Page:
About 90 percent of flu deaths are in the elderly; the very young and people with other health problems such as diabetes are also at higher risk.
If you’re worried about how sick you are and are in one of these risk groups, see a doctor, Frieden urged. One third to one half of people are not getting prompt treatment with antiviral medicines, he said.
Two drugs — Tamiflu and Relenza — can cut the severity and risk of death from the flu but must be started within 48 hours of first symptoms to do much good. Tamiflu is available in a liquid form for use in children under 1, and pharmacists can reformulate capsules into a liquid if supplies are short in an area, said Dr. Margaret Hamburg, head of the Food and Drug Administration.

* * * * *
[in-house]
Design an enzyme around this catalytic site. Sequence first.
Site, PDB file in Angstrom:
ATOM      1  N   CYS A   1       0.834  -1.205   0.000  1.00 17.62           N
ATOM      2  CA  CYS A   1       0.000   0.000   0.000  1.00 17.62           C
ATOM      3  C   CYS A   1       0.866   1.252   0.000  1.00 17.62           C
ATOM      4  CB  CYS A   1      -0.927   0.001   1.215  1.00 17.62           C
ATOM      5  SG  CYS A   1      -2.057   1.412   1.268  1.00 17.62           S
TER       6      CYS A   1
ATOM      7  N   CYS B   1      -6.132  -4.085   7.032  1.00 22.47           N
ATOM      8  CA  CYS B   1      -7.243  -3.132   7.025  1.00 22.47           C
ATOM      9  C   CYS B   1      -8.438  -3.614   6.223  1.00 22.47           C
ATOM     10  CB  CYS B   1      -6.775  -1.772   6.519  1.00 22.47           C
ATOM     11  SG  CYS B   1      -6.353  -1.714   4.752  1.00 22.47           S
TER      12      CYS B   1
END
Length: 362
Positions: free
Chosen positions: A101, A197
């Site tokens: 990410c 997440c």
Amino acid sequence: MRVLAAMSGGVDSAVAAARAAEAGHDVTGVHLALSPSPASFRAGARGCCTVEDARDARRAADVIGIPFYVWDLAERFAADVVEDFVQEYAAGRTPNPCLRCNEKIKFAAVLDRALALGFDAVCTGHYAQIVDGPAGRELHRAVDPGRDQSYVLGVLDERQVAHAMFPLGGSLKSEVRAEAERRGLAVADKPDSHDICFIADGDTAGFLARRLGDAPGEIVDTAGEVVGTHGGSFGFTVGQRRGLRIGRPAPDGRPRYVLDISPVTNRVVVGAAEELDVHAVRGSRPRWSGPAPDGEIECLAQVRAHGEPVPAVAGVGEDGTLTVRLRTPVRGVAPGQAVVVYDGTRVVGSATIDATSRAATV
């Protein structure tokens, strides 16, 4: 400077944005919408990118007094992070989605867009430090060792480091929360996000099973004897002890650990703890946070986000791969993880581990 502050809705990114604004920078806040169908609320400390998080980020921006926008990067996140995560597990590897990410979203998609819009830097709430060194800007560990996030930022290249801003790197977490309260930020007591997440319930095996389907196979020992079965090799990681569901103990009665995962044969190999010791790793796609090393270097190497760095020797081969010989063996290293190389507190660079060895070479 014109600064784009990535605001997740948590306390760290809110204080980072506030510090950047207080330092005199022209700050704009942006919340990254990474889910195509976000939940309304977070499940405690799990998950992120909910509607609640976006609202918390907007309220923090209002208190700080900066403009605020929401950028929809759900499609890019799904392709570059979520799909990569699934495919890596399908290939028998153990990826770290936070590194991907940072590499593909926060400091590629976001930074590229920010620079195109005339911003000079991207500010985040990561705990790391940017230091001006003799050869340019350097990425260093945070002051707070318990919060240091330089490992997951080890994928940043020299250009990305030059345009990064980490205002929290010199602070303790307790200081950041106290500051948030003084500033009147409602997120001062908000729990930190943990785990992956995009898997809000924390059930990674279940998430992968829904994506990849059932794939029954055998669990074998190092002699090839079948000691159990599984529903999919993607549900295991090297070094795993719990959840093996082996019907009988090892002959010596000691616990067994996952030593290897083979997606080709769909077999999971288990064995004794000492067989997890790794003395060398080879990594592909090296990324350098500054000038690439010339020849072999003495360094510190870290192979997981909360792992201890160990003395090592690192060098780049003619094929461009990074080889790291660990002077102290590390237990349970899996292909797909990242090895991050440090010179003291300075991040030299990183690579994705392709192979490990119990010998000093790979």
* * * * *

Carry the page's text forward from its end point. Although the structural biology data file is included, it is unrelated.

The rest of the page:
To help avoid a shortage, the FDA is letting Tamiflu’s maker, Genentech, distribute 2 million additional doses of capsules that have an older version of package insert.
“It is fully approved, it is not outdated,” just lacks information for pharmacists on how to mix it into a liquid if needed for young children, she said.
This year’s flu season started about a month earlier than normal and the dominant flu strain is one that tends to make people sicker. Vaccinations are recommended for anyone 6 months or older. There’s still plenty of vaccine — an update shows that 145 million doses have been produced, “twice the supply that was available only several years ago,” Hamburg said.
About 129 million doses have been distributed already, and a million doses are given each day, Frieden said.
The vaccine is not perfect but “it’s by far the best tool we have to prevent influenza,” he said.
Carlos Maisonet, 73, got a flu shot this week at New York’s Brooklyn Hospital Center at the urging of his wife, who was vaccinated in August.